Get the Cramps

If Elvis Presley were to have had illegitimate children with both Vampira and Bettie Page, the result still wouldn’t have come close to spawning THE CRAMPS.

The Cramps, circa 1990. Left to right: Nick Knox (drums), Candy del Mar (bass), Poison Ivy (Guitar), and Lux Interior (vocals)

Influenced by early rockabilly, rhythm and blues, garage rock and surf music, THE CRAMPS unofficially began when Lux Interior (born Erick Lee Purkhiser) and Poison Ivy (born Kristy Marlana Wallace) met in Sacramento, California in 1972. A mutual admiration for the rockabilly of Ricky Nelson (to whom every CRAMPS album is dedicated), the surf sounds of Dick Dale, garage bands like The Standells and The Gants, and the glam rock of the New York Dolls and T. Rex, would turn into a lifelong love affair for the pair, lighting the spark for a new kind of music that they coined as “psycho-billy” (or “voodoo psychobilly” as the term would appear on their early fliers). Though soon abandoned by the band themselves (and picked up quickly by an act called The Meteors that have claimed ownership of it ever since) the label “psycho-billy” stuck. But with Ivy’s Carl Perkins-esque guitar and Lux’s near inhalation of the microphone, THE CRAMPS became something other than the sum of their influences.


Releasing their first EP, Gravest Hits, in 1979 (which included a cover of The Trashmen’s “Surfin’ Bird”), THE CRAMPS were well cemented in the CBGB punk movement of the late seventies and early eighties, playing alongside bands like Television, Blondie, The Damned, The Ramones, and The Talking Heads. But unlike some of these other American punk rock acts, THE CRAMPS were never to surface with a hit song until well into the nineteen eighties.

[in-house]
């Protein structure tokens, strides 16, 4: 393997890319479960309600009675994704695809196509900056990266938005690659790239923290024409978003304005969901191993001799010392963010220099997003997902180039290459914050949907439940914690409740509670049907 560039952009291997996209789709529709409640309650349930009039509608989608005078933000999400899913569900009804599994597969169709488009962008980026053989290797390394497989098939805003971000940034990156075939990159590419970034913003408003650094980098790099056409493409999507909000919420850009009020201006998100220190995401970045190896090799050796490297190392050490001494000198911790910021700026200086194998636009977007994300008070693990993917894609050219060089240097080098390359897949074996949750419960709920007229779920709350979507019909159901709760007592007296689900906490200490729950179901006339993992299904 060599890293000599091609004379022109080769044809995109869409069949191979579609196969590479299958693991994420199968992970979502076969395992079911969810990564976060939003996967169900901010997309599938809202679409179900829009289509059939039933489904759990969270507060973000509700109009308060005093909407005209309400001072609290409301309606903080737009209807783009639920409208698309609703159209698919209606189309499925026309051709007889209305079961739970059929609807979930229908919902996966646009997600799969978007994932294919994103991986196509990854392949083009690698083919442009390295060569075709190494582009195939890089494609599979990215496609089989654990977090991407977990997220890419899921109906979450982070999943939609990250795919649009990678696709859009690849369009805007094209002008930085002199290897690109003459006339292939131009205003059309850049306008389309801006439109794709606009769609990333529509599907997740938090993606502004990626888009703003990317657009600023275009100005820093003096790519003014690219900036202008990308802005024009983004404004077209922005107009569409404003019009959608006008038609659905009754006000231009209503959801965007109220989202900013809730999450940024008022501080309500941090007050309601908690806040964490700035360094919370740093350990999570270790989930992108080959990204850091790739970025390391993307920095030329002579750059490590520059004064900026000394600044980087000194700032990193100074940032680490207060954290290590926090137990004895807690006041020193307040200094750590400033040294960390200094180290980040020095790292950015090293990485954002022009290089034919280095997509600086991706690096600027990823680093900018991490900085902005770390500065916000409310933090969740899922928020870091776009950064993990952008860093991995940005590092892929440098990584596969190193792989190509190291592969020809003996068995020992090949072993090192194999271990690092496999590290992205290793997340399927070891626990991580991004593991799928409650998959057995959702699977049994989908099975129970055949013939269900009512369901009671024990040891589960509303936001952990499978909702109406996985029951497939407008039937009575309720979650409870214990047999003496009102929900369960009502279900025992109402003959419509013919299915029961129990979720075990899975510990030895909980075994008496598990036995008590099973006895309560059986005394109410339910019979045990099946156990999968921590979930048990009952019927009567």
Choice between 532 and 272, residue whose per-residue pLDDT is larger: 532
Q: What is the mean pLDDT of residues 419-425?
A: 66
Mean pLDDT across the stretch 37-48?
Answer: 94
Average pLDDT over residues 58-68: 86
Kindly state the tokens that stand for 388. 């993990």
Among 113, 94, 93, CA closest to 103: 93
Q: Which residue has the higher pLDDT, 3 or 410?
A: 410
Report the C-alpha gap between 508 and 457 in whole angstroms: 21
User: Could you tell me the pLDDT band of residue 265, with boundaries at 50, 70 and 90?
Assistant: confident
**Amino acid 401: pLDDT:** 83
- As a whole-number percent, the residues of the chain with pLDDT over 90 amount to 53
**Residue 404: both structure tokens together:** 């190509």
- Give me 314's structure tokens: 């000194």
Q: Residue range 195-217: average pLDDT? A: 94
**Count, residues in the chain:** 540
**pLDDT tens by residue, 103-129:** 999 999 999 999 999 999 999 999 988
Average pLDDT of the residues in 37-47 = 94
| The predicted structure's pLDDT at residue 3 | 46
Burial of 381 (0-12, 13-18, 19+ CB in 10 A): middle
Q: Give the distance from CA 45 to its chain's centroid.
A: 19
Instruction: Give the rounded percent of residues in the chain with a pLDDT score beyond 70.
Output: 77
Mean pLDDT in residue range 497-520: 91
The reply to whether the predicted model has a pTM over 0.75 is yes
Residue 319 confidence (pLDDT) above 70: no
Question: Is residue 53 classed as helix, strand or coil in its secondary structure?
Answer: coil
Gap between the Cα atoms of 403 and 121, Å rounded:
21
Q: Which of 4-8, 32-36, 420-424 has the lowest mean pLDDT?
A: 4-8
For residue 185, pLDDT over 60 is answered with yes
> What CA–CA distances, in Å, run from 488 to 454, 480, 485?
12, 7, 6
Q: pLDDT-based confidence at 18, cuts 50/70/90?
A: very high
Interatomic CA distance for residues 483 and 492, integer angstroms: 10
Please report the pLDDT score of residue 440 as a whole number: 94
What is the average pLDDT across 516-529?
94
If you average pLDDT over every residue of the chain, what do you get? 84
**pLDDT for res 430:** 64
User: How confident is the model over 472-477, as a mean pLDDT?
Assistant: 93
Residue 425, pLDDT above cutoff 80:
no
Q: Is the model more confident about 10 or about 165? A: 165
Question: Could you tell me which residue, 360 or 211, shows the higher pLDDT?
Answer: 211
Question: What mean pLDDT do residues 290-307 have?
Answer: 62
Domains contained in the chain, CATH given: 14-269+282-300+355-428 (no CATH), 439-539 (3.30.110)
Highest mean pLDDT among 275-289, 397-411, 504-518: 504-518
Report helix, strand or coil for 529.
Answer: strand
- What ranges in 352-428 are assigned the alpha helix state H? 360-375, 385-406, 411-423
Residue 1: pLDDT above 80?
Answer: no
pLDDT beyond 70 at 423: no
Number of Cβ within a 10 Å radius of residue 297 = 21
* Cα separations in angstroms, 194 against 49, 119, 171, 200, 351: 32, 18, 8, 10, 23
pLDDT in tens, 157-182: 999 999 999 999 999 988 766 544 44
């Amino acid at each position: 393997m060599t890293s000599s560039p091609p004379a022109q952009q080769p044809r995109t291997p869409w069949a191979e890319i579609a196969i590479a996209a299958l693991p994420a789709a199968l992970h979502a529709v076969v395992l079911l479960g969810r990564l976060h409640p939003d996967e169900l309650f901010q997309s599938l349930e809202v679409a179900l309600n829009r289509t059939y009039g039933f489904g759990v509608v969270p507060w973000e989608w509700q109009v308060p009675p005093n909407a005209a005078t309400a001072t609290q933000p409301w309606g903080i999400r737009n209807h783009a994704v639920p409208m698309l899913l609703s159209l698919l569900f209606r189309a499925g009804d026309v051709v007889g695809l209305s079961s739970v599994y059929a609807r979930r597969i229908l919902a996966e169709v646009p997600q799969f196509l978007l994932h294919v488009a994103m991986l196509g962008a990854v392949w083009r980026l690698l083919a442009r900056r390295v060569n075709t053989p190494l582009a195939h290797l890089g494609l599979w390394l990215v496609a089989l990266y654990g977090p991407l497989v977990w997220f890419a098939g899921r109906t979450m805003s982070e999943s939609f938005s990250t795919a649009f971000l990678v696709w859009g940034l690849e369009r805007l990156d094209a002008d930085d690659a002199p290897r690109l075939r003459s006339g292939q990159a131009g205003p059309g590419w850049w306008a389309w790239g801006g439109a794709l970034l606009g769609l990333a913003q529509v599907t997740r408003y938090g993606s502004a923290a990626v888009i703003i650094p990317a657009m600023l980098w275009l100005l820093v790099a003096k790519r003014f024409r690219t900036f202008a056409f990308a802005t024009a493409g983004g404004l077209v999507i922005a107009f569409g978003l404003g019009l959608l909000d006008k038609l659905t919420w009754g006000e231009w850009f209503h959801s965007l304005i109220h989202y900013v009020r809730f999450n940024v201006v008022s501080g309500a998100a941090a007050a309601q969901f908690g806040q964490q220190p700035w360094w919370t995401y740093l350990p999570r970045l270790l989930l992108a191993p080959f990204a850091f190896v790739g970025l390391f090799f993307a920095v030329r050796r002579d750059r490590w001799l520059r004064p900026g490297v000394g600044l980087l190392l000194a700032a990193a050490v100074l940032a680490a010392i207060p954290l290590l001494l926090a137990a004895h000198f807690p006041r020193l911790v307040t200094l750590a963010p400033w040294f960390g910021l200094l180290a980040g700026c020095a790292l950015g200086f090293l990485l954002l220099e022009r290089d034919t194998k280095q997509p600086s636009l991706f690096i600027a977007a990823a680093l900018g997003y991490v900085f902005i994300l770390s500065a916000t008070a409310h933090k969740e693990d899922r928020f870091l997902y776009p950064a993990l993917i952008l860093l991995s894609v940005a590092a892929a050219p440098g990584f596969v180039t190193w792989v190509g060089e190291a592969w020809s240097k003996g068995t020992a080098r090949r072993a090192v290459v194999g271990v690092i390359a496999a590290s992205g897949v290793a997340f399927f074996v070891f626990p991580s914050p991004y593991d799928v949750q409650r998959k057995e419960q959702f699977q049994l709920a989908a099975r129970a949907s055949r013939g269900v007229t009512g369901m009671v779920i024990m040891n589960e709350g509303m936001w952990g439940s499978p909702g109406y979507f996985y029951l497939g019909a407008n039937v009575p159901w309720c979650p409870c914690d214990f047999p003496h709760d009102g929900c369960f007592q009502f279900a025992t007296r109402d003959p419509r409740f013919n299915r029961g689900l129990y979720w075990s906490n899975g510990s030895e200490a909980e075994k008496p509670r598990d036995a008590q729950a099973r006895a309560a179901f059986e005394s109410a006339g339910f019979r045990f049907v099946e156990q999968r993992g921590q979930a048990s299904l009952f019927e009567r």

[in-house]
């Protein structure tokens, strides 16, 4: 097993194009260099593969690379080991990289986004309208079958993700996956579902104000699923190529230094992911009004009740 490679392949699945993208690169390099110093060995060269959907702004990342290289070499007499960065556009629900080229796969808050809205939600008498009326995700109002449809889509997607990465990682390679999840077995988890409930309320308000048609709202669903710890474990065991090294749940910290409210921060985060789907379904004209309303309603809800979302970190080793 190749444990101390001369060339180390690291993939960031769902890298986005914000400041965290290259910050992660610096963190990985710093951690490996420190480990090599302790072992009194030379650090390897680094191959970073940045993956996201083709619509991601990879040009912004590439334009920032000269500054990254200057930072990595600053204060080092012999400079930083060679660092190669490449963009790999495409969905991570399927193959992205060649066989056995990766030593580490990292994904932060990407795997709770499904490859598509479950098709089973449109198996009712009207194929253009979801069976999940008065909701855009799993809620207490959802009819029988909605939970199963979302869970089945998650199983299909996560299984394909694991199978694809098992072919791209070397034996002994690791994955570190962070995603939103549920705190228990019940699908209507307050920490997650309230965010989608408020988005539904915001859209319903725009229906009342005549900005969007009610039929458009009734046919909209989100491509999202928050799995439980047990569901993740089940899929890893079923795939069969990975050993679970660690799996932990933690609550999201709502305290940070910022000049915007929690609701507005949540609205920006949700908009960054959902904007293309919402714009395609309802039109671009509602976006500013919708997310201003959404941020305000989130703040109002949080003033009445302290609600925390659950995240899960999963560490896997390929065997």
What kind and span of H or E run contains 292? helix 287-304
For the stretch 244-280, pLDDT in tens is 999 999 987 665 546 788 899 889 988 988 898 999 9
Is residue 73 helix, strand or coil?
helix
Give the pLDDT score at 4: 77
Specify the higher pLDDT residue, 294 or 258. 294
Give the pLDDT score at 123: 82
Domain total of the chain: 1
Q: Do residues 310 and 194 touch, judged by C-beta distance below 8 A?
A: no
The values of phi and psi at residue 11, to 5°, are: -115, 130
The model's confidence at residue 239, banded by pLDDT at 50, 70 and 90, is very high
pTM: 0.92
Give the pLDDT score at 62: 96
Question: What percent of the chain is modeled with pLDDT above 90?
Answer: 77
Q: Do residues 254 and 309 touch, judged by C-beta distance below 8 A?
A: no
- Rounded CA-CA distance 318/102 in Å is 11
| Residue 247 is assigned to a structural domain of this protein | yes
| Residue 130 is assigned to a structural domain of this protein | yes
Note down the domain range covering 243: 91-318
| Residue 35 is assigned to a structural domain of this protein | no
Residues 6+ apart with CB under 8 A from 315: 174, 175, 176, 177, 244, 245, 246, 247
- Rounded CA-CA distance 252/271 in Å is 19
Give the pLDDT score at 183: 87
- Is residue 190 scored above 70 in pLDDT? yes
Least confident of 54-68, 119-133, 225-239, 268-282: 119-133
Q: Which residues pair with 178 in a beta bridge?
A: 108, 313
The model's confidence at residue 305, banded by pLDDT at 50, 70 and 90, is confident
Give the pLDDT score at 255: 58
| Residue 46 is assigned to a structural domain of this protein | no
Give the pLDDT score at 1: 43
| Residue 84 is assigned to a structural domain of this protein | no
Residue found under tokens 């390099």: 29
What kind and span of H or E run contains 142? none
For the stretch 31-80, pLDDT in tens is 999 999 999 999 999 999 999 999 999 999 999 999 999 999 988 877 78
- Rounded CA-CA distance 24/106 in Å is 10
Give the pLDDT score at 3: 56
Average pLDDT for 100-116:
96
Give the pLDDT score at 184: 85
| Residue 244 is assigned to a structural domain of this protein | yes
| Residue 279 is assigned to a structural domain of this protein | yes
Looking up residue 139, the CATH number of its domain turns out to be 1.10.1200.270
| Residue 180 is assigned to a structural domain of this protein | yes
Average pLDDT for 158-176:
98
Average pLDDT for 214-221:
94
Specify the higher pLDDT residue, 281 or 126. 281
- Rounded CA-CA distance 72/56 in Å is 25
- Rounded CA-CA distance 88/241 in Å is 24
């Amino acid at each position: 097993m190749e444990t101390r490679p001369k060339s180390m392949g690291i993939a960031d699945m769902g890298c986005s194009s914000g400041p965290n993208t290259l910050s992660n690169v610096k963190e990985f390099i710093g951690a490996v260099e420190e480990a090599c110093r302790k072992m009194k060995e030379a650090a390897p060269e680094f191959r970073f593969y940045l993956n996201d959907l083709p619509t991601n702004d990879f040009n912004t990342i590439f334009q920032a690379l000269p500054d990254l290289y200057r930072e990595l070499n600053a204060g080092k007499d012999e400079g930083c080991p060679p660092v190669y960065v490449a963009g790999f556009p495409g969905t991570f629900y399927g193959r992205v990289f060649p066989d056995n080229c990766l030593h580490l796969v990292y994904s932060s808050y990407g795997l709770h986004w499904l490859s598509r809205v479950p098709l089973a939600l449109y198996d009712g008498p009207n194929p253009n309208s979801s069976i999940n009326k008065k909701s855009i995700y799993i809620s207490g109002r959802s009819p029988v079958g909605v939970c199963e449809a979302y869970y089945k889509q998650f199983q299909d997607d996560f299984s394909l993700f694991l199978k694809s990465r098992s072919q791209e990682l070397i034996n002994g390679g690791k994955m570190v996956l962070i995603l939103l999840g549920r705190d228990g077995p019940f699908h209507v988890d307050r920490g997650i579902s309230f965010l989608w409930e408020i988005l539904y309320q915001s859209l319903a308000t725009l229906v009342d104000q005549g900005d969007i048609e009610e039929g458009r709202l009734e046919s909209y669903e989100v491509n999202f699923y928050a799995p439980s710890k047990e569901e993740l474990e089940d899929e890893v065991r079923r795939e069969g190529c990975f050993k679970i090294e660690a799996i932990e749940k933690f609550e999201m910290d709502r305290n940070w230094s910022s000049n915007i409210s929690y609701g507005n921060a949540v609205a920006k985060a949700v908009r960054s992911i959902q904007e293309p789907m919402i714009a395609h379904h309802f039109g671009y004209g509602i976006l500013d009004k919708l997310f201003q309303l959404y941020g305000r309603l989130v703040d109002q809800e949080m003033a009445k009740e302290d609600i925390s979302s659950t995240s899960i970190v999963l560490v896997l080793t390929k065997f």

Poison Ivy of The Cramps. Photo Credit © Demed L'Her
Poison Ivy of The Cramps. Photo Credit © Demed L’Her

First came  “Can Your Pussy Do The Dog?” followed by “Bikini Girls with Machine Guns”. But while both songs charted (well in the UK), THE CRAMPS remained little more than garage band. Punk gave way to the new wave, with bands like The Smiths — who once opened for THE CRAMPS at the then recently revamped 40s swing club “The Meadowbrook” in New Jersey — rising to a level of popularity that Lux and Ivy would never attain. But an extremely dedicated cult following — coupled with Lux and Ivy’s passion for the music and each other — carried the band through the nineties playing smaller venues, and then well into the first decade of the twentieth century, where younger and younger crowds came out in increasing numbers, recognizing Lux and Ivy as punk rock progenitors.


Appreciated by fans and critics alike for all things kinky and campy (never better expressed than in 2003’s fetish-filled  “Like a Bad Girld Should“), THE CRAMPS continued strong well into the twenty-first century until tragedy struck on February 4, 2009 when Lux suddenly died due to aortic dissection at the age of 62.

The Cramps: Lux and Ivy (Photo Credit © Steve Jennings)

In the end, beauty is in the eyeliner of the beholder. And while it would be hard to classify the music of THE CRAMPS as beautiful, the love shared by Lux and Ivy — the very heart of the band — may be one of the more beautiful love stories in all of rock and roll history. His worship of her and her playfulness with him kept the pair forever young.

Though they may not be remembered for much in the years to come, three events certainly solidify THE CRAMPS‘ place in rock and pop culture: